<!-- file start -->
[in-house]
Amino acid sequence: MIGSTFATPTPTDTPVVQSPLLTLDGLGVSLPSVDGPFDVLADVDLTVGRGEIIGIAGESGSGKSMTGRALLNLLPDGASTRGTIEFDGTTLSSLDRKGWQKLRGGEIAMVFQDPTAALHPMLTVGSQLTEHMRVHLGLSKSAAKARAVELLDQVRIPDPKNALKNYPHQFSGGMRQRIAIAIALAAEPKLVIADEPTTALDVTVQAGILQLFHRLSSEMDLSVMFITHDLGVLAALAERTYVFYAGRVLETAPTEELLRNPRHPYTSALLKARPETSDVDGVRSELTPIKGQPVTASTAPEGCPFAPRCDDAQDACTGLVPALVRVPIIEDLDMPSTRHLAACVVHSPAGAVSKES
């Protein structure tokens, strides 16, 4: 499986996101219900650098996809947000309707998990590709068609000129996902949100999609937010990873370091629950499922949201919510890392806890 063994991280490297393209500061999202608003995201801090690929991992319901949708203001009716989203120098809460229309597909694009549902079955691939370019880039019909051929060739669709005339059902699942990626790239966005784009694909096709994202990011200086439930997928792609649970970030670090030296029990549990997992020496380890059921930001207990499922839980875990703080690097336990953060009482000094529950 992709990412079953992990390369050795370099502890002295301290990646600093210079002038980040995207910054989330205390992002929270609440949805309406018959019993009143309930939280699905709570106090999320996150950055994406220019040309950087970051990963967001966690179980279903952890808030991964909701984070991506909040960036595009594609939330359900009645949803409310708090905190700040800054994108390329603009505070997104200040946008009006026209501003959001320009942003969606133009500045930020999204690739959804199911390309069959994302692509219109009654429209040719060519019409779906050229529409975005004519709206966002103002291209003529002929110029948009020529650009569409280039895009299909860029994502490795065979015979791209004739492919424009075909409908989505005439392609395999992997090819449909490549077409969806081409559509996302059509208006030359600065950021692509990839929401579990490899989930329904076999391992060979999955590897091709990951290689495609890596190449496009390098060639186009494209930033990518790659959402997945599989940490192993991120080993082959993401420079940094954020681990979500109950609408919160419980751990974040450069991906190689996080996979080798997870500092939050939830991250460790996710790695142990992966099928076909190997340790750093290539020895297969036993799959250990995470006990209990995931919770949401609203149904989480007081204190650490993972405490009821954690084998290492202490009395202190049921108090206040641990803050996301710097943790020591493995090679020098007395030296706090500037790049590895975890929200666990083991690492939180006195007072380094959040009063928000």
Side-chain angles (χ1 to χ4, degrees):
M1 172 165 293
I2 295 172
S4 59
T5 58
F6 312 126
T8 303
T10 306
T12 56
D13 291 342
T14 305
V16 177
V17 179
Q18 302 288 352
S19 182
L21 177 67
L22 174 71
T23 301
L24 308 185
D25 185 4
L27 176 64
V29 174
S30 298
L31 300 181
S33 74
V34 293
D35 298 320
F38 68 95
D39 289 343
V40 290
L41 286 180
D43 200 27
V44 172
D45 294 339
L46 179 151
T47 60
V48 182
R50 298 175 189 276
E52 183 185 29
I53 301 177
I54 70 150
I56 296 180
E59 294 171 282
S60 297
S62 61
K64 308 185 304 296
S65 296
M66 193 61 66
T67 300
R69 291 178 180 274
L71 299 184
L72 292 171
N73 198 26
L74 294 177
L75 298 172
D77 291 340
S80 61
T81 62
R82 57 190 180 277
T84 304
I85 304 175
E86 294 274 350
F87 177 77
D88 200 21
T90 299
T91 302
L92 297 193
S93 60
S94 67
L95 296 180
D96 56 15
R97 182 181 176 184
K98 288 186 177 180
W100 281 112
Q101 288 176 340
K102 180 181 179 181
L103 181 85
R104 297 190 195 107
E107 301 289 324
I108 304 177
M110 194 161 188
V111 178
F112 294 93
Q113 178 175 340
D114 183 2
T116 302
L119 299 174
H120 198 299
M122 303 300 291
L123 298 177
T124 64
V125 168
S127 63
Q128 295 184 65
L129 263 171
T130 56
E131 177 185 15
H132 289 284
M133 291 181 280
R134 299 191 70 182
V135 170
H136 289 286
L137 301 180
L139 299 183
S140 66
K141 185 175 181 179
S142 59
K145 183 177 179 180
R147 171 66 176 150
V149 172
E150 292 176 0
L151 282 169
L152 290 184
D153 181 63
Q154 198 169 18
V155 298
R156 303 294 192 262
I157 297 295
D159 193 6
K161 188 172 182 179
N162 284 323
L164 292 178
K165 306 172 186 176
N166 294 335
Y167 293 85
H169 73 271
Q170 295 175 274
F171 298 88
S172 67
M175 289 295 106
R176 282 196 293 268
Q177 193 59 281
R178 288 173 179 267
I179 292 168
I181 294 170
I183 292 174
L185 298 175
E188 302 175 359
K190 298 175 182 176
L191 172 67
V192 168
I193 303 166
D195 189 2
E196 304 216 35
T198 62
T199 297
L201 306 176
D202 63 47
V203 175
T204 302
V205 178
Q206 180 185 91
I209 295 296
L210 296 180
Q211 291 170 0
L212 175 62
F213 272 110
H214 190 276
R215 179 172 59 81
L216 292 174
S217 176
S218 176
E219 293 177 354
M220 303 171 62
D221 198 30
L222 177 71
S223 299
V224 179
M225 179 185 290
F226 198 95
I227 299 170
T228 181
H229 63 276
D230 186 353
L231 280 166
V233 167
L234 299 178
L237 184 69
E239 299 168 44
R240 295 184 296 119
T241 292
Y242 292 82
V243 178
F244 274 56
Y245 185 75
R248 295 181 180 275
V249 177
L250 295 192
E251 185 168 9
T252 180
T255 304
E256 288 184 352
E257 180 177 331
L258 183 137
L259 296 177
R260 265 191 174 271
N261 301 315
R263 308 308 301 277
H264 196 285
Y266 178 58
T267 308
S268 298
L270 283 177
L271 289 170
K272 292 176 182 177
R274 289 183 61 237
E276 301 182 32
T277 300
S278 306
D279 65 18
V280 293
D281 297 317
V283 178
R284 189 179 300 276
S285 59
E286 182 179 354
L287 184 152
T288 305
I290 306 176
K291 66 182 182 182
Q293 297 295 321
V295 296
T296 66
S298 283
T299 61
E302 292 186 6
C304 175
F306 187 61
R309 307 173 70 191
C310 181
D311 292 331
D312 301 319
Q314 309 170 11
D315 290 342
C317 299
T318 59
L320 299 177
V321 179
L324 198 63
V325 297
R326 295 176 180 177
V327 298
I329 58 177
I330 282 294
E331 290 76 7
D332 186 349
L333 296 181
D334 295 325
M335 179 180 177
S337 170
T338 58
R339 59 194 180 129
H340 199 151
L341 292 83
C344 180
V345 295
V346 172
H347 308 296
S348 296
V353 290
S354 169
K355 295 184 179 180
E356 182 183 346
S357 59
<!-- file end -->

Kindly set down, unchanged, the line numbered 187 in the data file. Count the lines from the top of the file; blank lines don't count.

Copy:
F244 274 56